A large review of existing neuroscientific studies unravels the brain circuits and mechanisms that underpin obsessive-compulsive disorder. The researchers hope that the new findings will make existing therapies more effective, “or guide new treatments.”
Obsessive-compulsive disorder (OCD) is a mental health condition that affects more than 2 million adults in the United States.
People with OCD often experience recurring, anxiety-inducing thoughts or urges — known as obsessions — or compulsive behaviors that they cannot control.
Whether it is repeatedly checking if the door is locked or switching lights on and off, OCD symptoms are uncontrollable and can severely interfere with a person’s quality of life.
Treatments for OCD include medication, psychotherapy, and deep brain stimulation. However, not everyone responds to treatment.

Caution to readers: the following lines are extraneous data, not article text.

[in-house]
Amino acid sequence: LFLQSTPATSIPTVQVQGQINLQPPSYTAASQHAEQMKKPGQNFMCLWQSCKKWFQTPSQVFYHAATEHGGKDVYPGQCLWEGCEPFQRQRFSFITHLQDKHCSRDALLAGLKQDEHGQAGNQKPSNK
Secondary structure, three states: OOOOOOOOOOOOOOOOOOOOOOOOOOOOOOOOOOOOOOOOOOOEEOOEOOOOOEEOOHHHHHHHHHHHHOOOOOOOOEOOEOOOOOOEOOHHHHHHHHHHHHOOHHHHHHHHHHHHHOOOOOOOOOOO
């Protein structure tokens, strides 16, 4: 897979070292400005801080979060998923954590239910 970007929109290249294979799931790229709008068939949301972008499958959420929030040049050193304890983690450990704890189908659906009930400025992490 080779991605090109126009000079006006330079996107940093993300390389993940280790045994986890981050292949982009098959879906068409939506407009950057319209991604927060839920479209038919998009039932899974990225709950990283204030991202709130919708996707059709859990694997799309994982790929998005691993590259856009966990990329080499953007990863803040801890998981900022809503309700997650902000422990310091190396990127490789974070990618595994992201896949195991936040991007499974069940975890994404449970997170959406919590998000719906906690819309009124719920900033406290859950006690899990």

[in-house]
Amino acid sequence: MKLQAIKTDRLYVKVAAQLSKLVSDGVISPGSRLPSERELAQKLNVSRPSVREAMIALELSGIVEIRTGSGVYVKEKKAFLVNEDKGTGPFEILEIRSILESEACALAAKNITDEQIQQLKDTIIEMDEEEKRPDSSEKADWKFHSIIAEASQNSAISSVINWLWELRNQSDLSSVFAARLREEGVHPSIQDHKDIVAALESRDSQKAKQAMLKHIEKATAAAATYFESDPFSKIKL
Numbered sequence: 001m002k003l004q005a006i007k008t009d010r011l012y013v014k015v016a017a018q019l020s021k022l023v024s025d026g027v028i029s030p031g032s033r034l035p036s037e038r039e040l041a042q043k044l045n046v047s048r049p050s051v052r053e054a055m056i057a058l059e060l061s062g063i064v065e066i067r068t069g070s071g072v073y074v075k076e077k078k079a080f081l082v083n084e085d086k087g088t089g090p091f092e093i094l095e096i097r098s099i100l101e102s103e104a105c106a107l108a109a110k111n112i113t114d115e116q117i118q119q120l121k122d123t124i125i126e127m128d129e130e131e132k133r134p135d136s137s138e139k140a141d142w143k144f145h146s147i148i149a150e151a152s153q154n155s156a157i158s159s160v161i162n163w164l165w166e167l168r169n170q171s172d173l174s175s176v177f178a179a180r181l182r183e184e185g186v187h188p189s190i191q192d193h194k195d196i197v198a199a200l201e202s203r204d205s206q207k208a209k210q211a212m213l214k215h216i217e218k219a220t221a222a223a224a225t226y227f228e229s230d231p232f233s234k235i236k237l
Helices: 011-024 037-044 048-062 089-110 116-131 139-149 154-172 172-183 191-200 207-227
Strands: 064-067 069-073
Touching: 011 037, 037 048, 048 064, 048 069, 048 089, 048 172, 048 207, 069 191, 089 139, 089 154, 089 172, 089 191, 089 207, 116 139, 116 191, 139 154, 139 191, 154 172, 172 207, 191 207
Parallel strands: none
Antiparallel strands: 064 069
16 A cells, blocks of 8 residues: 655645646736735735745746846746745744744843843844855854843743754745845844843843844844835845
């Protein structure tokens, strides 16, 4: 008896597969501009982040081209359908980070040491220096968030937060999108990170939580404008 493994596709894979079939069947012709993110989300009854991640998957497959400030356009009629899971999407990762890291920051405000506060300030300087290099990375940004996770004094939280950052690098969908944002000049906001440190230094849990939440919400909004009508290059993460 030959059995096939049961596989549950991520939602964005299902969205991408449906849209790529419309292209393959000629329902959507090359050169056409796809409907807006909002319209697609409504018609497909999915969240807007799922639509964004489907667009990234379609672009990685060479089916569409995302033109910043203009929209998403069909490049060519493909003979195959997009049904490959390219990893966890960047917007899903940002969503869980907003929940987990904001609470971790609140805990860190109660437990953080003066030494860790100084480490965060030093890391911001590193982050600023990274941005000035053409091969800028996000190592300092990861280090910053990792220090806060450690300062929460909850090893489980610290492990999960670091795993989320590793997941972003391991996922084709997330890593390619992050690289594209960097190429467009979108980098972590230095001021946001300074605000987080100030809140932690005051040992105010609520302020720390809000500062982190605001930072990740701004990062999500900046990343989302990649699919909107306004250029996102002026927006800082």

In fact, reference studies have found that only 50 percent of people with OCD get better with treatment, and just 10 percent recover fully.
This treatment ineffectiveness is partly down to the fact that medical professionals still do not fully understand the neurological roots of the condition. A new study, however, aims to fill this gap in research.
Scientists led by Luke Norman, Ph.D., a postdoctoral research fellow in the Department of Psychiatry at the University of Michigan (U-M) in Ann Arbor, corroborated and analyzed large amounts of data from existing studies on the neurological underpinnings of OCD.
The scientists published their meta-analysis in the journal Biological Psychiatry.